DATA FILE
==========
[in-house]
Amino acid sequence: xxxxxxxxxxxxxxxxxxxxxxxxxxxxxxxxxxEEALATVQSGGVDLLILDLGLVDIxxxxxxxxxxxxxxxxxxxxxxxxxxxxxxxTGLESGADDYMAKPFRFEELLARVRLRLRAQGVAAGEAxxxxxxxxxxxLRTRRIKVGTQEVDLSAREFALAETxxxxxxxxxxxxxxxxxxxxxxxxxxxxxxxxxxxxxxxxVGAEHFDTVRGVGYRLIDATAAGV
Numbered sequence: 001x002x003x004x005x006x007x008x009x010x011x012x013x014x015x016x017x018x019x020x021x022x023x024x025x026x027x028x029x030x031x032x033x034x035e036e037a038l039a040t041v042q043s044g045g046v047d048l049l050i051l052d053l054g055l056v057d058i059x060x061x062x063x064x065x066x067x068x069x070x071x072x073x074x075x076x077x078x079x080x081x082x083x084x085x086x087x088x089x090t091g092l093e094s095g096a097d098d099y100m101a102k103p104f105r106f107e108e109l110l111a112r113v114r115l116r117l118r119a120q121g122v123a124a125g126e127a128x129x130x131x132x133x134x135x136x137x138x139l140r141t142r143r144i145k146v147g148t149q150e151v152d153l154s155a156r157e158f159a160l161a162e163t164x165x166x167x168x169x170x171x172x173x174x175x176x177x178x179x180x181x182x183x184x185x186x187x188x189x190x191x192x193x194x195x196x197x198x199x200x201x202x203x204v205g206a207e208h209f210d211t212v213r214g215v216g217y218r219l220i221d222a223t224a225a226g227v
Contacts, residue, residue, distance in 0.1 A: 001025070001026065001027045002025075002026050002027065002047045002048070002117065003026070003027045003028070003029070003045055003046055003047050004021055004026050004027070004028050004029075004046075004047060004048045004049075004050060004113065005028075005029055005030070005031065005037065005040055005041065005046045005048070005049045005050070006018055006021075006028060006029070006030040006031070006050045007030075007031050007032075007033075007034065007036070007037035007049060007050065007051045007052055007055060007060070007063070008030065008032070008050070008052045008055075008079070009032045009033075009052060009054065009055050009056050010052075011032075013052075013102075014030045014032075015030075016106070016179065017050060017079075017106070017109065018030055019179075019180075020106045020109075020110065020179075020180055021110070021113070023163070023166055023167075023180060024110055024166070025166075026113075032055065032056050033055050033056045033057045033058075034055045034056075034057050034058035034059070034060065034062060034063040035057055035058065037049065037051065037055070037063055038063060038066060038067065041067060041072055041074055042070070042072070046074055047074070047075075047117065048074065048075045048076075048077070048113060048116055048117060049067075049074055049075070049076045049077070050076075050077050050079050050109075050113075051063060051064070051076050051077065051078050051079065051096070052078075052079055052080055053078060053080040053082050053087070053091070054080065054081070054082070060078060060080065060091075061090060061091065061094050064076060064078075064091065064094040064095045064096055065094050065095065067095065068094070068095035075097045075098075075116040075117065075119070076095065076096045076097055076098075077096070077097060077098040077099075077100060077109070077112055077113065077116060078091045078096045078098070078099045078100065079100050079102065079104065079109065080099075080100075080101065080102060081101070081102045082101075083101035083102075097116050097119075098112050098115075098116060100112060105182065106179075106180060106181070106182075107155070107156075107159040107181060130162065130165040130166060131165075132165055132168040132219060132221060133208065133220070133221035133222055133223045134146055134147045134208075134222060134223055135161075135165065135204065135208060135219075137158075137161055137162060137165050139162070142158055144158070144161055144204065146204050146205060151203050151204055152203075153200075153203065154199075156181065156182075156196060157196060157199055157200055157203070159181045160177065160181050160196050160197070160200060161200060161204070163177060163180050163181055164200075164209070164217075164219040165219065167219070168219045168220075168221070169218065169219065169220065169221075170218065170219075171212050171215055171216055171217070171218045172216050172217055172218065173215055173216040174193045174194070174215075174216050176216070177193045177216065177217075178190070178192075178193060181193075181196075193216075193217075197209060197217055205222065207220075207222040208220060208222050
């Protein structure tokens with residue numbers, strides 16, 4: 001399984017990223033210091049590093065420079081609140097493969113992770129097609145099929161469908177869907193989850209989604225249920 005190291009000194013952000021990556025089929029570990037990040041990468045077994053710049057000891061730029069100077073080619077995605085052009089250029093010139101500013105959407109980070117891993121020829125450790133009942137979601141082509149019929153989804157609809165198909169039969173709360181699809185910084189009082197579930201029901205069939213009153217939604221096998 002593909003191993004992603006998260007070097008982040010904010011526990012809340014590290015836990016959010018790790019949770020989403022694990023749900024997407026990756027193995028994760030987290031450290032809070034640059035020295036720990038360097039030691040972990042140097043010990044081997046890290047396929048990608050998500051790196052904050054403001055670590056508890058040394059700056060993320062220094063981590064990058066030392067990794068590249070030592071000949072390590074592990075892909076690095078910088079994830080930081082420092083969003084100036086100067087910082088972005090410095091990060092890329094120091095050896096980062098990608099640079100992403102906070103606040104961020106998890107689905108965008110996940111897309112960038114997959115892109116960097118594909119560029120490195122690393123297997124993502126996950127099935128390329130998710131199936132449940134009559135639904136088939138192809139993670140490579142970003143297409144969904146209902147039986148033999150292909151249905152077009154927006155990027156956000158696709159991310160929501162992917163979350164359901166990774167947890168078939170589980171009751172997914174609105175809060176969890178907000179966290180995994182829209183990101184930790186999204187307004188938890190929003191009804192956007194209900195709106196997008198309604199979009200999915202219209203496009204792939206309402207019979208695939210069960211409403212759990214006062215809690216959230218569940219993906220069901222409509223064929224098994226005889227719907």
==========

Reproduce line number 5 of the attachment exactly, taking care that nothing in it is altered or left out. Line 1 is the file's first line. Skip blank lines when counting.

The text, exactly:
């Protein structure tokens with residue numbers, strides 16, 4: 001399984017990223033210091049590093065420079081609140097493969113992770129097609145099929161469908177869907193989850209989604225249920 005190291009000194013952000021990556025089929029570990037990040041990468045077994053710049057000891061730029069100077073080619077995605085052009089250029093010139101500013105959407109980070117891993121020829125450790133009942137979601141082509149019929153989804157609809165198909169039969173709360181699809185910084189009082197579930201029901205069939213009153217939604221096998 002593909003191993004992603006998260007070097008982040010904010011526990012809340014590290015836990016959010018790790019949770020989403022694990023749900024997407026990756027193995028994760030987290031450290032809070034640059035020295036720990038360097039030691040972990042140097043010990044081997046890290047396929048990608050998500051790196052904050054403001055670590056508890058040394059700056060993320062220094063981590064990058066030392067990794068590249070030592071000949072390590074592990075892909076690095078910088079994830080930081082420092083969003084100036086100067087910082088972005090410095091990060092890329094120091095050896096980062098990608099640079100992403102906070103606040104961020106998890107689905108965008110996940111897309112960038114997959115892109116960097118594909119560029120490195122690393123297997124993502126996950127099935128390329130998710131199936132449940134009559135639904136088939138192809139993670140490579142970003143297409144969904146209902147039986148033999150292909151249905152077009154927006155990027156956000158696709159991310160929501162992917163979350164359901166990774167947890168078939170589980171009751172997914174609105175809060176969890178907000179966290180995994182829209183990101184930790186999204187307004188938890190929003191009804192956007194209900195709106196997008198309604199979009200999915202219209203496009204792939206309402207019979208695939210069960211409403212759990214006062215809690216959230218569940219993906220069901222409509223064929224098994226005889227719907």